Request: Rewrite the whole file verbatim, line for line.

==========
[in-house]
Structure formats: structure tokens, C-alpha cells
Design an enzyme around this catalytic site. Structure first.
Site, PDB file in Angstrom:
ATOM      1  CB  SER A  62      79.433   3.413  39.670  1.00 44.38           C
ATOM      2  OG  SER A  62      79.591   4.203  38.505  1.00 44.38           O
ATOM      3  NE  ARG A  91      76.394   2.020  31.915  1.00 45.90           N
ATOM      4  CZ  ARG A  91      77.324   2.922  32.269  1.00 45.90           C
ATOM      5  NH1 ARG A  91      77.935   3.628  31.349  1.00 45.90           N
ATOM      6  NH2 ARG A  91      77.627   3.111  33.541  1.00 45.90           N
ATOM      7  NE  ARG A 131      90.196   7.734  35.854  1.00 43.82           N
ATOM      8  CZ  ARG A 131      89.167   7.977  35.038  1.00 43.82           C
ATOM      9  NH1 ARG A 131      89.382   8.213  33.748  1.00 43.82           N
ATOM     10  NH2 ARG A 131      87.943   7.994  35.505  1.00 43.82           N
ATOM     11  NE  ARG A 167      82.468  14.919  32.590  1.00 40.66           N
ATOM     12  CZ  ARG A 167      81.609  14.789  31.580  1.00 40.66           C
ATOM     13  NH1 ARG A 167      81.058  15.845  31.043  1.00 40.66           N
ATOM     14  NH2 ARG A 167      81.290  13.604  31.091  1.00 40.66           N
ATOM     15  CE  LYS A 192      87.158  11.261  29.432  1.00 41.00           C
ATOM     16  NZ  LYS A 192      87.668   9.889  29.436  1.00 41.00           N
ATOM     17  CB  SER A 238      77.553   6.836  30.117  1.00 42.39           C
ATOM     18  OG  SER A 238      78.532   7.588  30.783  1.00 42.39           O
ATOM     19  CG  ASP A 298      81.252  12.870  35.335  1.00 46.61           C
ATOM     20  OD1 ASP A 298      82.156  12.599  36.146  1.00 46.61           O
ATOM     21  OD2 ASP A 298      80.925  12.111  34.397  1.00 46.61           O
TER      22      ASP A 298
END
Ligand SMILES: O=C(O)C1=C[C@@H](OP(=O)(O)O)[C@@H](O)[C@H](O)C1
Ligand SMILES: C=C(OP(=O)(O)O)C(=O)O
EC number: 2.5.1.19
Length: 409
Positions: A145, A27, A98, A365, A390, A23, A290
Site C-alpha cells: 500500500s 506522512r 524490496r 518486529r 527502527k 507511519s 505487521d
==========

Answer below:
[in-house]
Structure formats: structure tokens, C-alpha cells
Design an enzyme around this catalytic site. Structure first.
Site, PDB file in Angstrom:
ATOM      1  CB  SER A  62      79.433   3.413  39.670  1.00 44.38           C
ATOM      2  OG  SER A  62      79.591   4.203  38.505  1.00 44.38           O
ATOM      3  NE  ARG A  91      76.394   2.020  31.915  1.00 45.90           N
ATOM      4  CZ  ARG A  91      77.324   2.922  32.269  1.00 45.90           C
ATOM      5  NH1 ARG A  91      77.935   3.628  31.349  1.00 45.90           N
ATOM      6  NH2 ARG A  91      77.627   3.111  33.541  1.00 45.90           N
ATOM      7  NE  ARG A 131      90.196   7.734  35.854  1.00 43.82           N
ATOM      8  CZ  ARG A 131      89.167   7.977  35.038  1.00 43.82           C
ATOM      9  NH1 ARG A 131      89.382   8.213  33.748  1.00 43.82           N
ATOM     10  NH2 ARG A 131      87.943   7.994  35.505  1.00 43.82           N
ATOM     11  NE  ARG A 167      82.468  14.919  32.590  1.00 40.66           N
ATOM     12  CZ  ARG A 167      81.609  14.789  31.580  1.00 40.66           C
ATOM     13  NH1 ARG A 167      81.058  15.845  31.043  1.00 40.66           N
ATOM     14  NH2 ARG A 167      81.290  13.604  31.091  1.00 40.66           N
ATOM     15  CE  LYS A 192      87.158  11.261  29.432  1.00 41.00           C
ATOM     16  NZ  LYS A 192      87.668   9.889  29.436  1.00 41.00           N
ATOM     17  CB  SER A 238      77.553   6.836  30.117  1.00 42.39           C
ATOM     18  OG  SER A 238      78.532   7.588  30.783  1.00 42.39           O
ATOM     19  CG  ASP A 298      81.252  12.870  35.335  1.00 46.61           C
ATOM     20  OD1 ASP A 298      82.156  12.599  36.146  1.00 46.61           O
ATOM     21  OD2 ASP A 298      80.925  12.111  34.397  1.00 46.61           O
TER      22      ASP A 298
END
Ligand SMILES: O=C(O)C1=C[C@@H](OP(=O)(O)O)[C@@H](O)[C@H](O)C1
Ligand SMILES: C=C(OP(=O)(O)O)C(=O)O
EC number: 2.5.1.19
Length: 409
Positions: A145, A27, A98, A365, A390, A23, A290
Site C-alpha cells: 500500500s 506522512r 524490496r 518486529r 527502527k 507511519s 505487521d